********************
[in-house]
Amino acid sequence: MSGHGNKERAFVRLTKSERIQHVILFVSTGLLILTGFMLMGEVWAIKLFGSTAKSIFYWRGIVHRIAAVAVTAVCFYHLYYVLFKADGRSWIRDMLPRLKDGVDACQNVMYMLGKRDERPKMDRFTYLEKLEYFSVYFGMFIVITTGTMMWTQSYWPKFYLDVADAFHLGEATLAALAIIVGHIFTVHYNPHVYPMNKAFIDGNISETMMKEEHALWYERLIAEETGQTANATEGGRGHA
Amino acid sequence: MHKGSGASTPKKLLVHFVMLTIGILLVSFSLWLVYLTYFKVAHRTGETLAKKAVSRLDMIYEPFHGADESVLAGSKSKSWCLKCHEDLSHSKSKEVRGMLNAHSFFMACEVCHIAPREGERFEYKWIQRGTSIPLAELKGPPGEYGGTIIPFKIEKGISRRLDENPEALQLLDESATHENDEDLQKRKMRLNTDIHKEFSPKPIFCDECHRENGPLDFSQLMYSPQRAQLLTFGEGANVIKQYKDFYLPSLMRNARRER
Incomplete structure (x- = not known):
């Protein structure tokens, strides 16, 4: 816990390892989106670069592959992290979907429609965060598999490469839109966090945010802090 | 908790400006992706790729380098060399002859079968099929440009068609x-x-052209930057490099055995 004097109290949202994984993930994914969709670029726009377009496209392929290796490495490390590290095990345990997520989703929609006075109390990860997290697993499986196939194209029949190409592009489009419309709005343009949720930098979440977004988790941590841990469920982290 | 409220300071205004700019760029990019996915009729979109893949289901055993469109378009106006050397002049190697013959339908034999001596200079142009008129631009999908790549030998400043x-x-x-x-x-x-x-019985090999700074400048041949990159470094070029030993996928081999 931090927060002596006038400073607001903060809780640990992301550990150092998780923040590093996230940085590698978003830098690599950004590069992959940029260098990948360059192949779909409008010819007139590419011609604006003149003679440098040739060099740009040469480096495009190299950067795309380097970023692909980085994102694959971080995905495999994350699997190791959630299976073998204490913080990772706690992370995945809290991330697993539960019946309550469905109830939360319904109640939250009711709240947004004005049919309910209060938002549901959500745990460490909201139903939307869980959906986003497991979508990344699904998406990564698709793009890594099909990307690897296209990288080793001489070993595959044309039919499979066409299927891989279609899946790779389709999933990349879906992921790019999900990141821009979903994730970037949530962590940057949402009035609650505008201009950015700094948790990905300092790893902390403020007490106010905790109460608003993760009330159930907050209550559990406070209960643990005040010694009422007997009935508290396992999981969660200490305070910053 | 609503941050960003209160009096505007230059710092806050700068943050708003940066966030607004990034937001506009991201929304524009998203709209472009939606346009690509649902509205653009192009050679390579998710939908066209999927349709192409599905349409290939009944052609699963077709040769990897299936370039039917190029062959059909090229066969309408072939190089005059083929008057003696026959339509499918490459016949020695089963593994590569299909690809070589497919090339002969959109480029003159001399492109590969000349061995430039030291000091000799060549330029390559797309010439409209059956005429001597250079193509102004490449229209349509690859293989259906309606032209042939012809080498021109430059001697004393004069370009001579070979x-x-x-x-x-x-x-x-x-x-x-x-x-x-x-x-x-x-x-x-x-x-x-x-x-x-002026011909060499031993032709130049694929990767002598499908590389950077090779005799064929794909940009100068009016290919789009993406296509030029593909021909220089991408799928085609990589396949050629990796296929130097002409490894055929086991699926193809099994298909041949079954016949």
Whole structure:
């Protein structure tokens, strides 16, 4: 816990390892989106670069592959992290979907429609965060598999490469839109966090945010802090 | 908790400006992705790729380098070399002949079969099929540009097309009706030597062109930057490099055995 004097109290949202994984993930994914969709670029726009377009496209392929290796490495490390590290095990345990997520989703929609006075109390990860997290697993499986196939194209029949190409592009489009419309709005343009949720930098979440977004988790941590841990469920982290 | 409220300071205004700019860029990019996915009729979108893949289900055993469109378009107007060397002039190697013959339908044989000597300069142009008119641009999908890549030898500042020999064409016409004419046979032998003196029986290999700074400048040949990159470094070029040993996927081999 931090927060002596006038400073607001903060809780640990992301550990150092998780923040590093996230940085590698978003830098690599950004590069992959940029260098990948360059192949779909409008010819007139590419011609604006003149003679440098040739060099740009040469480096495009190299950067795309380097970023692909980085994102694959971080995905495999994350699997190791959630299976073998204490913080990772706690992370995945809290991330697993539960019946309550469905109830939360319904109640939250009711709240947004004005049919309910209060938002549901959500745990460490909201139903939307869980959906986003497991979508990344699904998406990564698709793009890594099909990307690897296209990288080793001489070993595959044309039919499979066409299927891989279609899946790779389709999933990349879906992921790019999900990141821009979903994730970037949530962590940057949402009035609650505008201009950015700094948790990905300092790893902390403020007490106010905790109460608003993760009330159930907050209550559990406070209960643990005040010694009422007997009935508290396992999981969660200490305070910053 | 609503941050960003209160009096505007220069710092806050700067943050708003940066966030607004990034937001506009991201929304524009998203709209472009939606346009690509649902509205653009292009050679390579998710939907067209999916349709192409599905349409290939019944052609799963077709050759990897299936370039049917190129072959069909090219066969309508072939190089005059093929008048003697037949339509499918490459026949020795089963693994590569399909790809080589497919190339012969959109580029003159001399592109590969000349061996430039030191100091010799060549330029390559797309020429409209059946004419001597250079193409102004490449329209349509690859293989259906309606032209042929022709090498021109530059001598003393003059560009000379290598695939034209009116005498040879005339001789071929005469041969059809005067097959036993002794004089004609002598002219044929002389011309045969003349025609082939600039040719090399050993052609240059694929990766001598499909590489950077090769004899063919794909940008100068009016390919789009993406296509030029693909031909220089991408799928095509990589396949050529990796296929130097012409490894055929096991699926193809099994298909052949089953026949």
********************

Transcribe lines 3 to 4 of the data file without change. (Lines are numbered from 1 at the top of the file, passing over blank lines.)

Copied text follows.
Amino acid sequence: MHKGSGASTPKKLLVHFVMLTIGILLVSFSLWLVYLTYFKVAHRTGETLAKKAVSRLDMIYEPFHGADESVLAGSKSKSWCLKCHEDLSHSKSKEVRGMLNAHSFFMACEVCHIAPREGERFEYKWIQRGTSIPLAELKGPPGEYGGTIIPFKIEKGISRRLDENPEALQLLDESATHENDEDLQKRKMRLNTDIHKEFSPKPIFCDECHRENGPLDFSQLMYSPQRAQLLTFGEGANVIKQYKDFYLPSLMRNARRER
Incomplete structure (x- = not known):